Close Air Support Emphasized in Afghanistan Military Operations
Posted: 04/01/2010 12:00:00 AM EDT
The nature of Afghanistan military operations is placing increasing emphasis on close air support.
In Wardak province, a newly-established combat outpost, Joghato, houses a team whose job it is to seek out the enemy and close air support plays a significant role in that.
Army and Air Force troops are working together to coordinate close air support, target the origin of incoming fire to the combat outpost and improve overall security for soldiers on the ground.
As Afghanistan military operations progress into new territory, close air support becomes increasingly important.
"This area hasn't really been ventured into, so there's a lot of insurgent presence here," explained US Army Sergeant Joshua Smith, the fire support non-commissioned office for combat outpost Joghato.
"They like to use schools or clinics to shoot from and we have to be real careful with what we do on returning fire due to these structures," he added.
This strategy used by insurgents in the area places a bigger emphasis on close air support and precision firing for the soldiers conducting Afghanistan military operations in Joghato.
Close Air Support: Training for Afghanistan Military Operations
In a measure of the importance of close air support and the challenges pilots face in delivering this, airmen from the British RAF's 13 Squadron recently headed out to the United States to undergo special training ahead of joining Afghanistan military operations.
The Tornado unit, which is normally based at RAF Marham in Norfolk, is taking part in Exercise Green Flag, an intensive flying programme at the Nellis Air Force Base in Nevada. The massive desert ranges around this base cover 15,000 square miles of airspace and provide similar conditions to those faced by forces on Afghanistan military operations, particularly in Helmand province.
"We are here to do world-class close air support training with our US cousins, and basically getting the skills and experience levels up on the crews of 13 Squadron," said Wing Commander Howard Edwards, the officer commanding this regiment.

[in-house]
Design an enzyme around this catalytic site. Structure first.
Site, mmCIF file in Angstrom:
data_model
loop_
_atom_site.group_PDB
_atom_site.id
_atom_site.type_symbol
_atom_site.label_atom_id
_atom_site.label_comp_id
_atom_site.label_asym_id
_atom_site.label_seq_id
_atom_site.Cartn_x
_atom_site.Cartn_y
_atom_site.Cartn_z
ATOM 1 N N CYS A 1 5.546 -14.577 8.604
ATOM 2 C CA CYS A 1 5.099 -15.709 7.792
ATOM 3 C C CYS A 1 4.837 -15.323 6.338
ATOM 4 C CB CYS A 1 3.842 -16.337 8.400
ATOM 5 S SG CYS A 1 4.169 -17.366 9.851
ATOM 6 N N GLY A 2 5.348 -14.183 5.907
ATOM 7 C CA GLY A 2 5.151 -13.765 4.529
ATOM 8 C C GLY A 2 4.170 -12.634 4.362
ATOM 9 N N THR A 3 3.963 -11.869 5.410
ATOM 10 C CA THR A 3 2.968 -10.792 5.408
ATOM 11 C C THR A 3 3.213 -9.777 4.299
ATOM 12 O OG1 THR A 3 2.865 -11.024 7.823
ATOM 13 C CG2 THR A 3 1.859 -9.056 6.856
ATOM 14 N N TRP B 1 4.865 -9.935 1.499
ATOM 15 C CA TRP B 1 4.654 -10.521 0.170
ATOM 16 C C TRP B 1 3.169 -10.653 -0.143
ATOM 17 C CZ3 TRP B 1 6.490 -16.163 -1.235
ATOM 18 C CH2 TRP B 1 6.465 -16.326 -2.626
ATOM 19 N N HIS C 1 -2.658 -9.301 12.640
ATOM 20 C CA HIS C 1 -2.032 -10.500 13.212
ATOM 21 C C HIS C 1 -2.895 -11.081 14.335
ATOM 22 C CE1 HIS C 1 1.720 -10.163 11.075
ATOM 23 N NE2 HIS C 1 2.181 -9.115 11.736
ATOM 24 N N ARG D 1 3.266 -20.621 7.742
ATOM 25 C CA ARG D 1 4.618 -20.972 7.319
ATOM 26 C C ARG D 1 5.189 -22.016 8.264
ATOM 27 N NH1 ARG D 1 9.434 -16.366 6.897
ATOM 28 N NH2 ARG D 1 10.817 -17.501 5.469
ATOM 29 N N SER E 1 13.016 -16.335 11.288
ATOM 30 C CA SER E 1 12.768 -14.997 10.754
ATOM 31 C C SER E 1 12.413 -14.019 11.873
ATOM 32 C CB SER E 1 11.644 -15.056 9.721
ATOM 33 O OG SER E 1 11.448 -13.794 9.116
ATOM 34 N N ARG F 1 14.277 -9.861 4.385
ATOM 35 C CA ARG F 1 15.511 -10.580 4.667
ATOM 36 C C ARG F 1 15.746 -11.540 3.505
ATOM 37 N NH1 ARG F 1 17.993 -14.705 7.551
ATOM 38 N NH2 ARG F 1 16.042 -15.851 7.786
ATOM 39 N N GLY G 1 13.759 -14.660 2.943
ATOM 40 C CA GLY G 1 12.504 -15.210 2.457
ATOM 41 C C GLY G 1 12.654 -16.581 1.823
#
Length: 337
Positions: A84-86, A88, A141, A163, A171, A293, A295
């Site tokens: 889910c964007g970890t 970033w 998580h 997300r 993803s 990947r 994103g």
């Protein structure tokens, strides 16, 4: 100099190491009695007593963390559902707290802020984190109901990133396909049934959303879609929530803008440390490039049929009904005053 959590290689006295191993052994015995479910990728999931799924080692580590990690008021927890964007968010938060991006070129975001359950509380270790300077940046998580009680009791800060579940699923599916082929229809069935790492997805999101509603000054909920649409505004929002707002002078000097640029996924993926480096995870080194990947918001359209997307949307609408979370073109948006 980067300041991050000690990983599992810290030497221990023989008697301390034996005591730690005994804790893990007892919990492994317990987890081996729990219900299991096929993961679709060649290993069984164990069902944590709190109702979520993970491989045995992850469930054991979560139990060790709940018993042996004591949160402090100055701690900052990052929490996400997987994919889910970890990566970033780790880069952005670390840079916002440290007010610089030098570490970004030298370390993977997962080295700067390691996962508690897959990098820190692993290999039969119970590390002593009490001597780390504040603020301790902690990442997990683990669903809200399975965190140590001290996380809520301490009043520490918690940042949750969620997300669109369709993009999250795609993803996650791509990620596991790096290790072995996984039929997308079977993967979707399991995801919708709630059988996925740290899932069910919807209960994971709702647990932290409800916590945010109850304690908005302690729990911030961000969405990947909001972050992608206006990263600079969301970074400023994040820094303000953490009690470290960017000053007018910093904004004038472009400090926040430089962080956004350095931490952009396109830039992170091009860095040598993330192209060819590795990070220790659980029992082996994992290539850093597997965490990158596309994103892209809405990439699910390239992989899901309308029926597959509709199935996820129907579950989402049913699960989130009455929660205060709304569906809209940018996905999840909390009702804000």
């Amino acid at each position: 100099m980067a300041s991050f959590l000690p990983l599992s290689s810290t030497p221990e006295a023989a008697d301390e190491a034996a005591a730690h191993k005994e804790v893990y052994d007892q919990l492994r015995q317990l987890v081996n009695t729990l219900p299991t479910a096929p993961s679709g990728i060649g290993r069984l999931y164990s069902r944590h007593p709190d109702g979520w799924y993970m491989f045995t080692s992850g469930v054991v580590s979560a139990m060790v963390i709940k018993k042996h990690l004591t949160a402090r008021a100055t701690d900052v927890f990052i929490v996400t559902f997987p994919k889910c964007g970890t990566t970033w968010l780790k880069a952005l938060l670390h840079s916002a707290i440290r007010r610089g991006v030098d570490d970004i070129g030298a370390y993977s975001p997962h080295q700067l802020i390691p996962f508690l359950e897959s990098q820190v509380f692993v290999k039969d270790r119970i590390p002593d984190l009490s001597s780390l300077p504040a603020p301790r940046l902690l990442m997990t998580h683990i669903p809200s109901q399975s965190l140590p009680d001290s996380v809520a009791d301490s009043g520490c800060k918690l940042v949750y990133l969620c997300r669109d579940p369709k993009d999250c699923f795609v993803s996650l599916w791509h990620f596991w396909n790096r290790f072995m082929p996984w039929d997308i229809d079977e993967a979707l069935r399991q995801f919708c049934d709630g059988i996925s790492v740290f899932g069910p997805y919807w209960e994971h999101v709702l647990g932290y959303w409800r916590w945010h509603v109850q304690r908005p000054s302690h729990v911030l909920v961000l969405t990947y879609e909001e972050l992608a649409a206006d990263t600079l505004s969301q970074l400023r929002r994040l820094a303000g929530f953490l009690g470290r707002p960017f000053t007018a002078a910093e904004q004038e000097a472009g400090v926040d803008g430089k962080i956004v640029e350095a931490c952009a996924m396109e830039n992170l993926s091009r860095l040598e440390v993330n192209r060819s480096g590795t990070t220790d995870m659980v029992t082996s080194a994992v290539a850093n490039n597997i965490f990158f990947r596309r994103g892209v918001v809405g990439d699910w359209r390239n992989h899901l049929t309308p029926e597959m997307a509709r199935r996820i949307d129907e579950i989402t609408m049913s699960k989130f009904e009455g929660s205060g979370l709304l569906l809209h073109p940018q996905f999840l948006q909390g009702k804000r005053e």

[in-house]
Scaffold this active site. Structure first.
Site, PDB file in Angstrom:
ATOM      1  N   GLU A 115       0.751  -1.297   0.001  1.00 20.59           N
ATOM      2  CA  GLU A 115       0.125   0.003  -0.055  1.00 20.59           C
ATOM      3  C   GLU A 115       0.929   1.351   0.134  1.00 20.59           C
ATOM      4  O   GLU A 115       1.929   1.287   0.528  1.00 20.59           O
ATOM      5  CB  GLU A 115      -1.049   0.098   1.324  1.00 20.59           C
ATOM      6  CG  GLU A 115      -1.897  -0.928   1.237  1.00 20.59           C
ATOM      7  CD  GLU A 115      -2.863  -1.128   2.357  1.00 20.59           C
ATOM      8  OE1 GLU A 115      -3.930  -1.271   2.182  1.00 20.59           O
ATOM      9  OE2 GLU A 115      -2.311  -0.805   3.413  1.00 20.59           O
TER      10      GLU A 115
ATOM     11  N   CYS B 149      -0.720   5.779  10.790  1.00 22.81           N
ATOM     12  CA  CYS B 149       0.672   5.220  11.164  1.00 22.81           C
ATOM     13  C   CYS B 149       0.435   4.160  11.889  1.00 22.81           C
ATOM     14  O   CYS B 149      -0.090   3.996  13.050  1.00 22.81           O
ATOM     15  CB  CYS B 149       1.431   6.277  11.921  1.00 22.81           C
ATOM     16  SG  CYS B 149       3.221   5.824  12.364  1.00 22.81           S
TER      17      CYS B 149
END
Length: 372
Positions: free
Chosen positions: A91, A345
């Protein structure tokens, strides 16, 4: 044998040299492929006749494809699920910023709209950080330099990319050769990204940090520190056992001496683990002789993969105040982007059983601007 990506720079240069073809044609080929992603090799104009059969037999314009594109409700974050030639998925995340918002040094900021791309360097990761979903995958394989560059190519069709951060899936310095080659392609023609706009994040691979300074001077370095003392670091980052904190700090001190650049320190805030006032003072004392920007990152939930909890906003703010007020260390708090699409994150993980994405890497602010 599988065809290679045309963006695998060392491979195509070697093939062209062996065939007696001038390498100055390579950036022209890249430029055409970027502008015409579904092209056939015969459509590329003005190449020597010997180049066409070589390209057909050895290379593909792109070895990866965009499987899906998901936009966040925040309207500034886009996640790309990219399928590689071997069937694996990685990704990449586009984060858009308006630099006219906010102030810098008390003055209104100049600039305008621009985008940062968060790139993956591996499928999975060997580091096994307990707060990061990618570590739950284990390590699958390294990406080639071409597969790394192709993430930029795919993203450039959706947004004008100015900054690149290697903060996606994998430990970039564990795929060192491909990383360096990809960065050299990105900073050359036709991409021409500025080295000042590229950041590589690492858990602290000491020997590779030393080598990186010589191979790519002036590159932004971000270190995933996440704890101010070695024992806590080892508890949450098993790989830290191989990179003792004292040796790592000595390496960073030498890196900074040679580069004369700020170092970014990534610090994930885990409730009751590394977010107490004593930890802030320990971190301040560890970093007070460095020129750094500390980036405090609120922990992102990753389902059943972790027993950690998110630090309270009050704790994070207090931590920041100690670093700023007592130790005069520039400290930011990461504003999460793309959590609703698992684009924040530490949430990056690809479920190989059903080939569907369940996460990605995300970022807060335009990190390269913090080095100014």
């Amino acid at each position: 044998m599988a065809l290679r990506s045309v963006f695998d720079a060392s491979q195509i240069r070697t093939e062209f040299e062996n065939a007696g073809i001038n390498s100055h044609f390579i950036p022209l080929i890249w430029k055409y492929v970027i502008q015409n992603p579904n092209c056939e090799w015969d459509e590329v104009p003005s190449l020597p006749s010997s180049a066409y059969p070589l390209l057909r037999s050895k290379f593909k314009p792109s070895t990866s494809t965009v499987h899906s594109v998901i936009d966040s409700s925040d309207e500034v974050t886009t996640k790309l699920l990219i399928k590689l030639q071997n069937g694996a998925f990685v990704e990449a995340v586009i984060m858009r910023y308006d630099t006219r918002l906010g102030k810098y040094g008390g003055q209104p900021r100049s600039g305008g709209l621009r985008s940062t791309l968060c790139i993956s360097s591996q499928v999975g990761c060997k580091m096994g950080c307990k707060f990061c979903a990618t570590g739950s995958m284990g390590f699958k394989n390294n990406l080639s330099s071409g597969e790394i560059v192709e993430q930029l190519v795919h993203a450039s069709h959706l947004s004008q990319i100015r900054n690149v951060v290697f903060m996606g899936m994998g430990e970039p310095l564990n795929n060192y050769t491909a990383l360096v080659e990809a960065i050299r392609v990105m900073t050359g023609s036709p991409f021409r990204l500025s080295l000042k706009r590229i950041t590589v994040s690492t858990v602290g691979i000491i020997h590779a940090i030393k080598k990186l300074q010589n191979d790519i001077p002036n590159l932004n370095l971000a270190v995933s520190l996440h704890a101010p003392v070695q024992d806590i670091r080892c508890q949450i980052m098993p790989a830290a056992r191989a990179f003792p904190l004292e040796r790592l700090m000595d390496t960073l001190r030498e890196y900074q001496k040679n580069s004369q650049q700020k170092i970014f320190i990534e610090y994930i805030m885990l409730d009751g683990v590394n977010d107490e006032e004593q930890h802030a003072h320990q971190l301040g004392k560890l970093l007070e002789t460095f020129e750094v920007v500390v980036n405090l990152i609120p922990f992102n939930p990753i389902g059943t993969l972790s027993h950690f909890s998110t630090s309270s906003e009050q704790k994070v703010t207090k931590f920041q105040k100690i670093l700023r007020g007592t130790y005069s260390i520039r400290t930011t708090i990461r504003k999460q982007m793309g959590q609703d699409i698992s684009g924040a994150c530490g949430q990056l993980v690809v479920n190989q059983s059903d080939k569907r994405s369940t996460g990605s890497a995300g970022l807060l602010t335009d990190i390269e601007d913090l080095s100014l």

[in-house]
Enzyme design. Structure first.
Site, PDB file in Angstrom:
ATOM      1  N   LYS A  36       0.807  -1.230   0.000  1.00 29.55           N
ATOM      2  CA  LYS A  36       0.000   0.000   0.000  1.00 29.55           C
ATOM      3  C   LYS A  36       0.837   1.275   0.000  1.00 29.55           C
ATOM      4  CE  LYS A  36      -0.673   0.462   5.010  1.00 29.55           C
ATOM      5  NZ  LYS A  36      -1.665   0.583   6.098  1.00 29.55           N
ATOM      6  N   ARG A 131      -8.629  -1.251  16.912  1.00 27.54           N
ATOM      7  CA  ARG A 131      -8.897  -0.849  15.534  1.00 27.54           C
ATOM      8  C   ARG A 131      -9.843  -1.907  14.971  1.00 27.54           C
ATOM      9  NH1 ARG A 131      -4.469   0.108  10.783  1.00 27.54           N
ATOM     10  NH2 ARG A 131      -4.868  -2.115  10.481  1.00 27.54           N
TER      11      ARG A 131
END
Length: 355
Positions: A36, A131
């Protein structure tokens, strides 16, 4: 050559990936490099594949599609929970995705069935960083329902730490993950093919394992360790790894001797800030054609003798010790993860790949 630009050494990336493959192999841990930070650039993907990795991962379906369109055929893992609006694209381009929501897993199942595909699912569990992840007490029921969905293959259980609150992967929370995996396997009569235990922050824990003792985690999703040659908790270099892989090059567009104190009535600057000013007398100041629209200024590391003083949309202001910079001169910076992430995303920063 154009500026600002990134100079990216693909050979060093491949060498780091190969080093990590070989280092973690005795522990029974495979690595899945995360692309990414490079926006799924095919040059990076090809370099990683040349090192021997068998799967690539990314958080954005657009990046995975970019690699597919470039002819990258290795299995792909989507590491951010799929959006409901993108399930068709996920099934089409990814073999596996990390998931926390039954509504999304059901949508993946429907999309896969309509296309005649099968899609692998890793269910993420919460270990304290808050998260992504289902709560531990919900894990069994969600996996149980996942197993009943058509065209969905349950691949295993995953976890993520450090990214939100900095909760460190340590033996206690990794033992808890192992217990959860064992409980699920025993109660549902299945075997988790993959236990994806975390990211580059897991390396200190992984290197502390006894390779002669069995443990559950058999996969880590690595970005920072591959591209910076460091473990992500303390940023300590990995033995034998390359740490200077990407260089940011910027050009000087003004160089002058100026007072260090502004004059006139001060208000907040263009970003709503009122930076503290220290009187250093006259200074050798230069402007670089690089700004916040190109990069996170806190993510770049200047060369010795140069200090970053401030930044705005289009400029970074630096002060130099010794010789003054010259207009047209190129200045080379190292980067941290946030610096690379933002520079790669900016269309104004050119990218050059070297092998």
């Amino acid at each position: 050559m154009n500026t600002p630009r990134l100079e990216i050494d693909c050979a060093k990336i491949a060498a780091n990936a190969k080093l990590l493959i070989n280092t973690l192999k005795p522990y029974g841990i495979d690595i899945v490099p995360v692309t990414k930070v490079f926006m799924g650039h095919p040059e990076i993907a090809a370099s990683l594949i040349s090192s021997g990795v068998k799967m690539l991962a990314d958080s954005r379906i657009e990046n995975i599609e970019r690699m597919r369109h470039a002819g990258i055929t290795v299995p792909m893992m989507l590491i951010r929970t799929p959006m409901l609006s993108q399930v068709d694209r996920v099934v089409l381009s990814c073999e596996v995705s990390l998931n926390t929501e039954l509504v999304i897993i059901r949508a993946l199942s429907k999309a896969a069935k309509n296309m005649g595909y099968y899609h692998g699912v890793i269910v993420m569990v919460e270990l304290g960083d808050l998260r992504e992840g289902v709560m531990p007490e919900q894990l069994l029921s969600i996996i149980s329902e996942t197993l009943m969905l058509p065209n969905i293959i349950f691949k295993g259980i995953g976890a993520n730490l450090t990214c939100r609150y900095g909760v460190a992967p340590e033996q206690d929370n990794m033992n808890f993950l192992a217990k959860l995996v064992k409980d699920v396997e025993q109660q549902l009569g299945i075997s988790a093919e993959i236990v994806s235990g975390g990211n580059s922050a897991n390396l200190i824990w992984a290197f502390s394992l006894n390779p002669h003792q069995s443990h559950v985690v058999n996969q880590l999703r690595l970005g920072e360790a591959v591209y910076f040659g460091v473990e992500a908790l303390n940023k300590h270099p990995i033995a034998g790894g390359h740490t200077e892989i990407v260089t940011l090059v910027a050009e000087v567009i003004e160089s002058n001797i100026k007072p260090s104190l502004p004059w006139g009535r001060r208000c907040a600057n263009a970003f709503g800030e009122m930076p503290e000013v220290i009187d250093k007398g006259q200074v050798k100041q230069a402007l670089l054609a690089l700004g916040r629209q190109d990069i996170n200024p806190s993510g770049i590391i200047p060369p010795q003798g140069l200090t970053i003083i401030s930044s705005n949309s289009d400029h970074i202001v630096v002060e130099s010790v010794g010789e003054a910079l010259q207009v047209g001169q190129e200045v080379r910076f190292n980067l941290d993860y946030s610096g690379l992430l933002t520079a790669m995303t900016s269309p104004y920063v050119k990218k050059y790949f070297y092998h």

"In the Afghanistan context close air support is vital for UK troops and the coalition troops on the ground," he added, echoing the comments made by Sergeant Joshua Smith.
Flying conditions in Afghanistan are not particularly favourable, which adds an extra challenge for close air support. The mountains can by up to 4,420m high, causing particular problems at night, when pilots are operating on night vision goggles with not much cultural lighting, which means it is very dark.
In preparation for Afghanistan military operations, the pilots are training with troops on the ground—soldiers that will be deployed to the country at the same time as them—so they are able to practice giving them the close air support they need.
Close Air Support: Technology
As this strategy plays a key role in Afghanistan military operations, so too does the technology facilitating it. As well as involving pilots in close air support, the United States military is seeking to use unmanned systems for these efforts.
In January, the Defence Advanced Research Project Agency's (DARPA's) Tactical Technology Office issued a solicitation requesting ideas on the aircraft and command-and-control elements of a Next Generation Close Air Support system. It specified that these should focus only on unmanned systems.
Within two to three years, DARPA could demonstrate a new unmanned aerial vehicle designed to provide close air support for troops on Afghanistan military operations near to enemy forces.
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